Is Upwork or Fiverr better for hiring freelancers? Let’s find out…
If you’re looking to grow your online business, hiring freelancers is one of the best ways to do it. You save money, you only pay for work you need done, and you don’t entangle yourself in all the regulatory restrictions that come with employees. So, there is far less risk when growing a small business.
But where do you find these freelancers? Upwork and Fiverr are two of the top platforms that are used. I used both to hire freelancers, so the answer isn’t as simple as going to one or the other, but I’ll break down the instances when I use Upwork and when I use Fiverr.
My business revenue doubled after I started hiring freelancers, and it’s a win/win because the freelancer is charging the rate that they want to charge. They earn more money than they could as an employee, and you save more.
What’s the biggest difference between Upwork and Fiverr?
Upwork is best for larger projects and longer term work. It’s easier to stay connected to a freelancer on Upwork, and they go by their real name, not a username. It’s easier to build a team on Upwork and use Upwork’s platform to manage that freelancer team, pay them, track projects, hours and so forth.
Fiverr is best for quick fixed rate projects. They don’t even have the option for hourly contracts. If you need a logo designed, go to fiverr. Voiceover for a video, go to fiverr.
If you need a freelance copywriter on your team to do work for you on a weekly basis, go to Upwork. If you need a long-term video editor, Upwork.
Now there is a grey area and it comes down to economics. I have a freelancer on my team who is on Fiverr and designs thumbnails for YouTube videos. I work with him on a recurring basis, but I use Fiverr because his work is still packaged in very clear and quantifiable deliverables every week. I need 12 thumbnails per week, so I pay him a fixed fee to do them. And I chose Fiverr over Upwork in this instance because it was cheaper and I still found someone very skilled.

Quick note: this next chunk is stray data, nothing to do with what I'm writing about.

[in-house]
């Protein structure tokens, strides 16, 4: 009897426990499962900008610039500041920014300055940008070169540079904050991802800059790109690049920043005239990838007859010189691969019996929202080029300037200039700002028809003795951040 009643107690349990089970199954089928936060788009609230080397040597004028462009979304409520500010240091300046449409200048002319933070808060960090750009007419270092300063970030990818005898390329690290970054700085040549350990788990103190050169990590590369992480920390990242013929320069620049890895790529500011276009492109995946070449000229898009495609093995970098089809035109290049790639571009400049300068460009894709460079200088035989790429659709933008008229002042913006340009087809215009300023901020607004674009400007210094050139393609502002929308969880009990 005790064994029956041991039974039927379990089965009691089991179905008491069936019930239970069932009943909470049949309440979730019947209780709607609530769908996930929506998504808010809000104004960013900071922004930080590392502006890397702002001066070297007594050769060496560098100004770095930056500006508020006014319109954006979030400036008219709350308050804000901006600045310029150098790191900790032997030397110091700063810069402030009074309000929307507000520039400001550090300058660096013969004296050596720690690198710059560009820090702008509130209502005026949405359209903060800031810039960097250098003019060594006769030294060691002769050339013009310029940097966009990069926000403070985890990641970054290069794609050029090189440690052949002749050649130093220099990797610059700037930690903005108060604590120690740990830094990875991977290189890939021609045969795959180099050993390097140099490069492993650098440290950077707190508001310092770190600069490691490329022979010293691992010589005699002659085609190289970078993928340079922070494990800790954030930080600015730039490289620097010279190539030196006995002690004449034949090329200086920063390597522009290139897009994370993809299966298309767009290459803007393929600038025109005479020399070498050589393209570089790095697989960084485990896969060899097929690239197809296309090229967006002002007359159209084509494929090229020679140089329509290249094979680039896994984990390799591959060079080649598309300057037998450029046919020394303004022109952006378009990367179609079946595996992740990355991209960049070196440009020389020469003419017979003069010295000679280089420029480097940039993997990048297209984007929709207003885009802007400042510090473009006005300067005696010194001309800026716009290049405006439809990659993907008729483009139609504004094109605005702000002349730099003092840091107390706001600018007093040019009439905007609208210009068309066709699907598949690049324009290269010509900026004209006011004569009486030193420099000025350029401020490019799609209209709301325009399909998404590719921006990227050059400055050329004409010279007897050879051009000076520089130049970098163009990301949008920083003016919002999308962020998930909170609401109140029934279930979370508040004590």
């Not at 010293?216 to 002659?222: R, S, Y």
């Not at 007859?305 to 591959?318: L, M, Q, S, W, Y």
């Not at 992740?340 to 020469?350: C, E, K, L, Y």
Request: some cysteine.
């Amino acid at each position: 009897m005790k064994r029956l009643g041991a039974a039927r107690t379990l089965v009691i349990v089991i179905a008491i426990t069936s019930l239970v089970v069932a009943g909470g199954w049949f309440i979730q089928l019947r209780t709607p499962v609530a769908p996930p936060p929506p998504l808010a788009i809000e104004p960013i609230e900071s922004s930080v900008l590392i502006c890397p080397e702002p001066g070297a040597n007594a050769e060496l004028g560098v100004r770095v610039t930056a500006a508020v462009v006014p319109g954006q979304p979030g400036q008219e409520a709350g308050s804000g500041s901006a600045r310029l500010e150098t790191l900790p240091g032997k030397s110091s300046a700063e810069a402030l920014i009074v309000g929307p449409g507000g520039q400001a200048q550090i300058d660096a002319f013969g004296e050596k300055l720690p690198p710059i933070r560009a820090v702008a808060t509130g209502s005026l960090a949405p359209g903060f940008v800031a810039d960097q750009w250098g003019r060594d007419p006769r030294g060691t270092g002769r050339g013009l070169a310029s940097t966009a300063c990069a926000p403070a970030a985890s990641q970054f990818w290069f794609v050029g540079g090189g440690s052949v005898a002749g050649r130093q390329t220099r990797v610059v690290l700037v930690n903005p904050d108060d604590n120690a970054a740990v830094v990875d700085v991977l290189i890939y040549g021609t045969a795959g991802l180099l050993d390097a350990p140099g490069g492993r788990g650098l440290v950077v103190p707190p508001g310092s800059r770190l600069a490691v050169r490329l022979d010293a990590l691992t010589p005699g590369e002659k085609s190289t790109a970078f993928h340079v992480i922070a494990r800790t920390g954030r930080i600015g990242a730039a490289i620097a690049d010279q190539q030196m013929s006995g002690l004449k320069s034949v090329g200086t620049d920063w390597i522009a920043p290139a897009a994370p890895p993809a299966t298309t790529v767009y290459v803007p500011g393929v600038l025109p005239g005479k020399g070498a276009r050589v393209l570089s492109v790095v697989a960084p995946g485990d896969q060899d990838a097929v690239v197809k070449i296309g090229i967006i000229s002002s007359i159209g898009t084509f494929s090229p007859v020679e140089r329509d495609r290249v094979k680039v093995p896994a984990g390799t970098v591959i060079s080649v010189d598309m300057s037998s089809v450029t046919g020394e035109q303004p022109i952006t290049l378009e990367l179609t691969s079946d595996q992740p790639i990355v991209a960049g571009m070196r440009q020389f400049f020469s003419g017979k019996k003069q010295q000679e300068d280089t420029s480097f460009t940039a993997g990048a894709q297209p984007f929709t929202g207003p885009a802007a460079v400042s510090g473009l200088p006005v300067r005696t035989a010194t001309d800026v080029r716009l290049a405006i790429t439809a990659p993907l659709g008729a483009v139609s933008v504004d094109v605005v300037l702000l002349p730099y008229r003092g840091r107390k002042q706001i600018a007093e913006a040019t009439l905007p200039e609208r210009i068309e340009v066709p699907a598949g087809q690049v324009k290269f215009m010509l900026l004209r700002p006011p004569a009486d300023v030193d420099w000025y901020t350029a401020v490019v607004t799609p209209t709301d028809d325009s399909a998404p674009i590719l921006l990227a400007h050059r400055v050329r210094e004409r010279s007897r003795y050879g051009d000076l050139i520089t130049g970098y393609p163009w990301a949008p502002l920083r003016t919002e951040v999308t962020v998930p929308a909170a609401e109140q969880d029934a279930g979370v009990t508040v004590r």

On Fiverr, freelancers tend to master very specific deliverables within their skillset. So, instead of hiring a graphic designer for all your graphic design work on Fiverr, you hire a graphic designer who only designs YouTube thumbnails, book covers, or infographics. And there are specific skills for each of those deliverables. You can still find a long-term freelancer who can do all those things, but sometimes I find very skilled talent on Fiverr for very specific deliverables such as YouTube thumbnails.
And they have specific projects set up for those specific things. On Upwork, you’re more likely to find someone who has a variety of projects, but overall, you’re hiring a Graphic designer, not a YouTube thumbnail designer.
Now that we’ve discussed the overall difference, what are some other detailed comparisons?
Posting Jobs and Hiring
This is a big difference. On Upwork, you post a job and freelancers bid for that job. They come to you. On Fiverr, freelancers post “gigs” and you come to them. You research their experience and past gigs on their profile, and then decide who to hire. You’re not getting proposals from them, and you aren't interviewing them. You are taking more of a risk.